The Washington Redskins got only nine sacks out of their defensive lineman all of last season, but after only one game, they are already well on their way to topping that mark.
The linemen on Sunday combined for four sacks with rookie backup nose tackle Chris Neild leading the way with two and ends Stephen Bowen and Adam Carriker adding one apiece.
Racking up sacks isn’t usually the prime objective of linemen in the 3-4 defense. Coaches will certainly welcome sacks by linemen if the situation presents itself. But in Washington’s system, linemen generally are asked to take on blockers and open up lanes for the linebackers to fly into the backfield to make plays
“That is still the case. Just some days, it seems to work out and next week, it could all be the linebackers,” said Carriker, who had only 1.5 sacks all of last season. “But the D-line definitely is going to get more sacks this year than we did last year. I think the first thing, we’ve got people to fit the system and that helps a lot obviously. Stephen’s a great pass-rusher. Chris had a great day, beat the block on the one and made the play. Guys are just flowing, and guys are just reacting. We play faster that way. But the main thing, though, is for us to take on those blocks so those guys can be flying around and making plays. This week it just worked out the way it did.”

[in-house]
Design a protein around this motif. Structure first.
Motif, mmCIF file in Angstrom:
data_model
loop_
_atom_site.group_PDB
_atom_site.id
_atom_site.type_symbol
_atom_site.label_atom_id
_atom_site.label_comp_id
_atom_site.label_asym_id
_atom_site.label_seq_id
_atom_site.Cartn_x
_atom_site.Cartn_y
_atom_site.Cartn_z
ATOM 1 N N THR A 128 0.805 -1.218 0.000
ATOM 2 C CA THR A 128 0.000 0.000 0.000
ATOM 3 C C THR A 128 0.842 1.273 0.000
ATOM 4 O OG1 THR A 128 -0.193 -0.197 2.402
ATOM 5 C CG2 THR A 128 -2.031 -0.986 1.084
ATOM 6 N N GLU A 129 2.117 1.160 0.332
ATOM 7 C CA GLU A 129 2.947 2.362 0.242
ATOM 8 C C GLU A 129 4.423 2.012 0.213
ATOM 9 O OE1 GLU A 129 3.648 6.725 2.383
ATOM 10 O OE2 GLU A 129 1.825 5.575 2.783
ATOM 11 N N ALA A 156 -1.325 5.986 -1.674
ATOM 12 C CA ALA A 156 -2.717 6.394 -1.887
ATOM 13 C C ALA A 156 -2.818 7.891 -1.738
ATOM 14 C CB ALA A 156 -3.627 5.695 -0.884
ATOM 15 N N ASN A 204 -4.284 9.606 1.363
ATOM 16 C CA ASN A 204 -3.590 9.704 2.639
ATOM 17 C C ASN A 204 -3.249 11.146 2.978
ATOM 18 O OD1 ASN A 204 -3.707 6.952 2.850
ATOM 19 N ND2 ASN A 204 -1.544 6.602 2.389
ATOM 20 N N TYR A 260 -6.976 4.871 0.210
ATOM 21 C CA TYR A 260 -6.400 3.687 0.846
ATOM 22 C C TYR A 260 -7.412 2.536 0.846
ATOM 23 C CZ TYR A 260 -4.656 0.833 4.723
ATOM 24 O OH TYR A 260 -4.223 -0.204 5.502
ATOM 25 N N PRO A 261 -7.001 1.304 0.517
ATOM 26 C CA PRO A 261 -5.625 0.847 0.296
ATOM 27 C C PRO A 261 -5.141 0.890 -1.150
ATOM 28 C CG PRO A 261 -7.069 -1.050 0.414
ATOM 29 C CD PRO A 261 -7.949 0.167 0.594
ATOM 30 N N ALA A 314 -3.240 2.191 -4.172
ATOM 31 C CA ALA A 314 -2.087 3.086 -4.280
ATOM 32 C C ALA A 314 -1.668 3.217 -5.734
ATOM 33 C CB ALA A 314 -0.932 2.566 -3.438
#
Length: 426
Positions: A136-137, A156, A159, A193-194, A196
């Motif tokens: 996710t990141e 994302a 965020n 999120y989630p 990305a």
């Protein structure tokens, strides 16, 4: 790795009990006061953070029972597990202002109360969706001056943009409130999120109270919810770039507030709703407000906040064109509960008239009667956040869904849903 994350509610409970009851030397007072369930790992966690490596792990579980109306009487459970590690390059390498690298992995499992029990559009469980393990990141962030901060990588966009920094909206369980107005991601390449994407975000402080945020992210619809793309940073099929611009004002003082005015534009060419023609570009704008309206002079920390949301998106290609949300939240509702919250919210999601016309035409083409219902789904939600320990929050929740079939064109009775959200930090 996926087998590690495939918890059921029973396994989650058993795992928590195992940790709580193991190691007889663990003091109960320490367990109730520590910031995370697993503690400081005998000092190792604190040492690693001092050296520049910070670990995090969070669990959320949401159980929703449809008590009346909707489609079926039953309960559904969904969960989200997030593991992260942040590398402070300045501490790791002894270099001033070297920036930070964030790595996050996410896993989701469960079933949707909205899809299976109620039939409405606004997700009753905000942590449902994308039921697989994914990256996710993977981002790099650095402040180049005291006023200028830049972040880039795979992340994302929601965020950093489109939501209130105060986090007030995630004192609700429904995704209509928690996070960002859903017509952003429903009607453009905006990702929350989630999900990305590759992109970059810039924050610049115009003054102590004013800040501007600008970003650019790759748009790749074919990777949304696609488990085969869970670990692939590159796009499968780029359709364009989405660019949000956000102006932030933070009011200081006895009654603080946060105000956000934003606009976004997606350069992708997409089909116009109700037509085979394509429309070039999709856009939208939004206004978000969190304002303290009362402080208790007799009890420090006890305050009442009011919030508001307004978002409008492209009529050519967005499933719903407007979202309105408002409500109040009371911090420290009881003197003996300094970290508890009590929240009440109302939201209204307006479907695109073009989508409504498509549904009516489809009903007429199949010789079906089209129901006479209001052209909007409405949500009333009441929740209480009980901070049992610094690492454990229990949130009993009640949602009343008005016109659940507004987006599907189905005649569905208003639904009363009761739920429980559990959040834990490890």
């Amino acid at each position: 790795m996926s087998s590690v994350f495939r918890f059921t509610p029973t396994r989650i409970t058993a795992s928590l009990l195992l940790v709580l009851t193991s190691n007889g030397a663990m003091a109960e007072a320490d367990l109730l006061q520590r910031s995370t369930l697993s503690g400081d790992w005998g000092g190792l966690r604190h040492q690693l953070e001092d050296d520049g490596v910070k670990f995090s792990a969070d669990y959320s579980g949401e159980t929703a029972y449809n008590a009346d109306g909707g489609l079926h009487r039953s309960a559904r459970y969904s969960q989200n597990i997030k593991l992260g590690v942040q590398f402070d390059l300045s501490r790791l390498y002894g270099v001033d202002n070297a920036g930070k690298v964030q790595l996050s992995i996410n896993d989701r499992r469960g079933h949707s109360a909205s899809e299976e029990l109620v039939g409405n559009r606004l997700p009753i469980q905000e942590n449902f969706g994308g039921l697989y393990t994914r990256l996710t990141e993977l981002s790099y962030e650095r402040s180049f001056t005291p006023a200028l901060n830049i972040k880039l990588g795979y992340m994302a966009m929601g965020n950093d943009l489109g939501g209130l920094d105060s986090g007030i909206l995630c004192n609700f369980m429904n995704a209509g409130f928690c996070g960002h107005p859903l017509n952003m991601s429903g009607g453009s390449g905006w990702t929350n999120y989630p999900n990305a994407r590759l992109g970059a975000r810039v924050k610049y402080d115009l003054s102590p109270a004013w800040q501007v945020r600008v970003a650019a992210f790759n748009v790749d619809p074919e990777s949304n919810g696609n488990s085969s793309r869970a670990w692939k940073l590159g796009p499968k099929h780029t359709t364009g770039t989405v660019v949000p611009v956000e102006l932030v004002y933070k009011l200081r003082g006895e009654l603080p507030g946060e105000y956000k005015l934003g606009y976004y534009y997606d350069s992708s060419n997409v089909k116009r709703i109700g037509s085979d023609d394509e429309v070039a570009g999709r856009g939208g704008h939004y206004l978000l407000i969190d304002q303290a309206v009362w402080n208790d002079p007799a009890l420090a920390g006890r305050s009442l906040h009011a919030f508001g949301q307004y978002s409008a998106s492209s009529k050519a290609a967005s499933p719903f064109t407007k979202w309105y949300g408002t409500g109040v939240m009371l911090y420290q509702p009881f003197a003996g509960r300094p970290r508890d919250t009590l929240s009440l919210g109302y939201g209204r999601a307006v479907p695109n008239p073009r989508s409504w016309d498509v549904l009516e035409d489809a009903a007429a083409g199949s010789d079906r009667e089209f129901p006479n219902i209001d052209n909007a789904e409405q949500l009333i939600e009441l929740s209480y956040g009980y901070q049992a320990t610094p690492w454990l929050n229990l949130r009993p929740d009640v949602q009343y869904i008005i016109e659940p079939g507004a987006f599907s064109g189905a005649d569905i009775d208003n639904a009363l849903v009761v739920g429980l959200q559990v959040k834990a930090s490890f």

Carriker feels more comfortable in the 3-4 defense after having received his introduction to the system last season. Bowen came from Washington to Dallas, where he played in a 3-4. And Neild played nose tackle in college in West Virginia’s three-man front, which has helped his transition to the NFL.
Redskins Coach Mike Shanahan said that having a fourth-quarter lead also helped enable the Redskins to bring more pressure and overload the Giants’ offensive front.
“I think when you’re ahead in football games and teams have to throw, it enables you to get a couple more sacks late in the game,” the coach said. “Hopefully you get ahead. When you get ahead, more sacks occur.”
Neild’s sacks both came in the third quarter, while Bowen and Carriker’s both came in the fourth.
Carriker’s sack ended up being the last play of the game. On second-and-2 from the New York 39 with 20 seconds left, Carriker dropped Eli Manning for a seven-yard loss as time expired.
“It felt good because you can ask anybody, the first one always seems to be the hardest one and then they all fall after that,” Carriker said. “But I got in there, hit Manning and I didn’t even think he had the ball, ‘Aw, crap, he ain’t even have the ball!’ And I got up and saw he did and it was ‘Yeah!’ I was so excited. I thought he got rid of it!”